RESEARCH ARTICLE


Waste Minimisation in Office Refurbishment Projects: An Australian Perspective



Mary Hardie*, 1, Graham Miller2, Shahed Khan3
1 School of Engineering, University of Western Sydney, Locked Bag 1797, South Penrith Distribution Centre, NSW, 1797, Australia
2 4/16 Filburn Street, Scarborough, WA 6019, Australia
3 Department of Urban and Regional Planning, Curtin University of Technology, GPO Box U1987 Perth, WA 6845, Australia


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© 2011 Hardie et al.

open-access license: This is an open access article distributed under the terms of the Creative Commons Attribution 4.0 International Public License (CC-BY 4.0), a copy of which is available at: https://creativecommons.org/licenses/by/4.0/legalcode. This license permits unrestricted use, distribution, and reproduction in any medium, provided the original author and source are credited.

* Address correspondence to this author at the School of Engineering, University of Western Sydney, Locked Bag 1797, South Penrith Distribution Centre, NSW, 1797, Australia; Tel: +61 02 4736 0921; Fax: +61 02 4736 8333; E-mail: m.hardie@uws.edu.au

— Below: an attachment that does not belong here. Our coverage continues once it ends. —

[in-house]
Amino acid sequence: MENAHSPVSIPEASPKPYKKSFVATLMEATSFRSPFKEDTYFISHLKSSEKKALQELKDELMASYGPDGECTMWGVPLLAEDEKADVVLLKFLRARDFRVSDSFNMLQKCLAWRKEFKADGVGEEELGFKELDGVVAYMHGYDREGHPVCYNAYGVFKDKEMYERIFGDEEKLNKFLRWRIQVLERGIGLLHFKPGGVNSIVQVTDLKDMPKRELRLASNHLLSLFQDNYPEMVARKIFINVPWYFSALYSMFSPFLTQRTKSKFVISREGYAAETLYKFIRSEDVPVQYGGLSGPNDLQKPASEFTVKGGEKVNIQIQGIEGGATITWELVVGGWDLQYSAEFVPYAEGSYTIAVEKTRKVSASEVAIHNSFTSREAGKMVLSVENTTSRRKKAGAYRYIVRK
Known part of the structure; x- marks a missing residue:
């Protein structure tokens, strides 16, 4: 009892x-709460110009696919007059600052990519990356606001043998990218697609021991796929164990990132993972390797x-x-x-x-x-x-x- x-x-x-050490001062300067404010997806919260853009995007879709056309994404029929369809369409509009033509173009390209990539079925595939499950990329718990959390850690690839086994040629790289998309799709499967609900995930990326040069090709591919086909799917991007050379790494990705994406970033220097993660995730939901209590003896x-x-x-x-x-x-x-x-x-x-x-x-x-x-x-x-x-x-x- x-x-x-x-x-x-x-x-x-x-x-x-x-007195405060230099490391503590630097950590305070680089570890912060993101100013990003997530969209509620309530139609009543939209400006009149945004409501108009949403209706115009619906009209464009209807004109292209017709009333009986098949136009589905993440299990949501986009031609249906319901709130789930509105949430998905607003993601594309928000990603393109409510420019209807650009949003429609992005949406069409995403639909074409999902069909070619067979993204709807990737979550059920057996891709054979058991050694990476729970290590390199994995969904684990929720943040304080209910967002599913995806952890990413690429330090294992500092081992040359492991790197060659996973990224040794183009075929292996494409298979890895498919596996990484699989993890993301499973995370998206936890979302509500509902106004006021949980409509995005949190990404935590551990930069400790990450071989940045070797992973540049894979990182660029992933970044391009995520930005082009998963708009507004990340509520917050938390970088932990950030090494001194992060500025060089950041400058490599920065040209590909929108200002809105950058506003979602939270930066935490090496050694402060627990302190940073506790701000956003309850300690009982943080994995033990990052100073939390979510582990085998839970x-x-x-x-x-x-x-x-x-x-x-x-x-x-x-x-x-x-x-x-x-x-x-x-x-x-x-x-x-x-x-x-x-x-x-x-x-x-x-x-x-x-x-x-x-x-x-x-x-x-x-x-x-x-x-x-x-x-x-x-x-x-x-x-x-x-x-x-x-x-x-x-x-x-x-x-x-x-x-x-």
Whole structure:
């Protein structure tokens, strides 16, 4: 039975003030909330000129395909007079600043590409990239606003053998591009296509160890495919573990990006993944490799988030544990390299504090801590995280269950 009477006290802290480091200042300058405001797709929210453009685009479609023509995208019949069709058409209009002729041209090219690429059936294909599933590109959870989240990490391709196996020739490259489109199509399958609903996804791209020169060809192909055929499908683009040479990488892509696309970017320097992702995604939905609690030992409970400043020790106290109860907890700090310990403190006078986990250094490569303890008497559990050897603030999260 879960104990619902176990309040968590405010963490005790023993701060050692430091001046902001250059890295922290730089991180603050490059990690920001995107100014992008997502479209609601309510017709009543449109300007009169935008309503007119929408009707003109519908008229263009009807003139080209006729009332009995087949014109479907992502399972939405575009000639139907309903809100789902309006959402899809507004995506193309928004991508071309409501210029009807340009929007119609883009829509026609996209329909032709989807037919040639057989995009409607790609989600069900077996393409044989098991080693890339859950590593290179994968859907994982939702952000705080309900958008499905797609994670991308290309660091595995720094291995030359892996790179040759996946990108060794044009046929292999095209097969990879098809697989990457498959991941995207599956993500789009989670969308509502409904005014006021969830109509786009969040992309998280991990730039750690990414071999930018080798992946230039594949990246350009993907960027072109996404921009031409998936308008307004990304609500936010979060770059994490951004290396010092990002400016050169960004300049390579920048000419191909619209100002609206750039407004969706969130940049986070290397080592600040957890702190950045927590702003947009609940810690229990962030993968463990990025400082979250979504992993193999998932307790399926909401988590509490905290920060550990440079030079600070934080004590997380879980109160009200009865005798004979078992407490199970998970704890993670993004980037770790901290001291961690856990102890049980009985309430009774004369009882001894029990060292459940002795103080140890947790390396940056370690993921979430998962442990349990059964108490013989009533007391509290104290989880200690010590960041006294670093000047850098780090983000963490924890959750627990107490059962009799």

Abstract

The refurbishment of commercial buildings is growing as a percentage of overall construction activity in Australia and this trend is likely to continue. Refurbishment generates a significant waste stream much of which is potentially reusable or recyclable. Despite this potential, several factors are known to inhibit the amount of recycling that actually occurs on renovation projects. In order to identify the reasons causing this reluctance, a process of monitoring a project and consultation with experts in the area was carried out. Twenty three experts experienced in commercial refurbishment projects and three waste contractors with specific knowledge of construction waste were interviewed. Waste receipts for an ongoing case study project were monitored. Three major factors were found to inhibit recycling rates: the presence of any form of asbestos in the building; the continued occupation of the building during construction; and the breaking up of a large project into small separate contracts for different stages of the refurbishment so that there were no economies of scale for the contractor who wanted to recycle. Current rates for reuse and recycling of materials were collected from the experts. The results revealed a considerable variation in practice between companies and indicated areas which should be targeted to improve performance.

Keywords: Waste minimisation, recycling, reuse, refurbishment projects, asbestos, Australia.